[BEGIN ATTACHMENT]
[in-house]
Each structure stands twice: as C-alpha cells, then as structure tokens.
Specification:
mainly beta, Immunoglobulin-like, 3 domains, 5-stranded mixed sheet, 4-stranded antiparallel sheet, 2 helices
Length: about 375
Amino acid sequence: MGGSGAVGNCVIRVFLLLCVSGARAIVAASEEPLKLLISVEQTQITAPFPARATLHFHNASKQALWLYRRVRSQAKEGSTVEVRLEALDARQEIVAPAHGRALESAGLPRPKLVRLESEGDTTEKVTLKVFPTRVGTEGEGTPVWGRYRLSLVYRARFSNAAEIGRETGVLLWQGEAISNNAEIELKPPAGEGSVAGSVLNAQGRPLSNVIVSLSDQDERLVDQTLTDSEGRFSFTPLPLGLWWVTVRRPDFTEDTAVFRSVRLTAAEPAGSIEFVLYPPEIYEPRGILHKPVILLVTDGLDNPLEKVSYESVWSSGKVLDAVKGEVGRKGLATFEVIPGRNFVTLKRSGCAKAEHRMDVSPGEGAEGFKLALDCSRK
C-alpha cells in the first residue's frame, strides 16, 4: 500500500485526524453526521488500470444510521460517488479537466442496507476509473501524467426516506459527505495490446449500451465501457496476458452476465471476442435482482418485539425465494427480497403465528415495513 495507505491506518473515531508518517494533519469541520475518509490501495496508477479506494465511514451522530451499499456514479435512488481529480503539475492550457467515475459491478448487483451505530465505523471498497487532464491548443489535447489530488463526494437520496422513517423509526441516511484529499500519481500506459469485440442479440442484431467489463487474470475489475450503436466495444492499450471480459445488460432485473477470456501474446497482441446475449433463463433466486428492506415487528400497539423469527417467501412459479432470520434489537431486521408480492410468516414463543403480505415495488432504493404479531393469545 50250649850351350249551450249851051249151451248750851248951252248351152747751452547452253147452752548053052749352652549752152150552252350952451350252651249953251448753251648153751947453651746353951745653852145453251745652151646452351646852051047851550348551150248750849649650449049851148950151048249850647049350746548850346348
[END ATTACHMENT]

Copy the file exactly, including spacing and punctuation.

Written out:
[in-house]
Each structure stands twice: as C-alpha cells, then as structure tokens.
Specification:
mainly beta, Immunoglobulin-like, 3 domains, 5-stranded mixed sheet, 4-stranded antiparallel sheet, 2 helices
Length: about 375
Amino acid sequence: MGGSGAVGNCVIRVFLLLCVSGARAIVAASEEPLKLLISVEQTQITAPFPARATLHFHNASKQALWLYRRVRSQAKEGSTVEVRLEALDARQEIVAPAHGRALESAGLPRPKLVRLESEGDTTEKVTLKVFPTRVGTEGEGTPVWGRYRLSLVYRARFSNAAEIGRETGVLLWQGEAISNNAEIELKPPAGEGSVAGSVLNAQGRPLSNVIVSLSDQDERLVDQTLTDSEGRFSFTPLPLGLWWVTVRRPDFTEDTAVFRSVRLTAAEPAGSIEFVLYPPEIYEPRGILHKPVILLVTDGLDNPLEKVSYESVWSSGKVLDAVKGEVGRKGLATFEVIPGRNFVTLKRSGCAKAEHRMDVSPGEGAEGFKLALDCSRK
C-alpha cells in the first residue's frame, strides 16, 4: 500500500485526524453526521488500470444510521460517488479537466442496507476509473501524467426516506459527505495490446449500451465501457496476458452476465471476442435482482418485539425465494427480497403465528415495513 495507505491506518473515531508518517494533519469541520475518509490501495496508477479506494465511514451522530451499499456514479435512488481529480503539475492550457467515475459491478448487483451505530465505523471498497487532464491548443489535447489530488463526494437520496422513517423509526441516511484529499500519481500506459469485440442479440442484431467489463487474470475489475450503436466495444492499450471480459445488460432485473477470456501474446497482441446475449433463463433466486428492506415487528400497539423469527417467501412459479432470520434489537431486521408480492410468516414463543403480505415495488432504493404479531393469545 50250649850351350249551450249851051249151451248750851248951252248351152747751452547452253147452752548053052749352652549752152150552252350952451350252651249953251448753251648153751947453651746353951745653852145453251745652151646452351646852051047851550348551150248750849649650449049851148950151048249850647049350746548850346348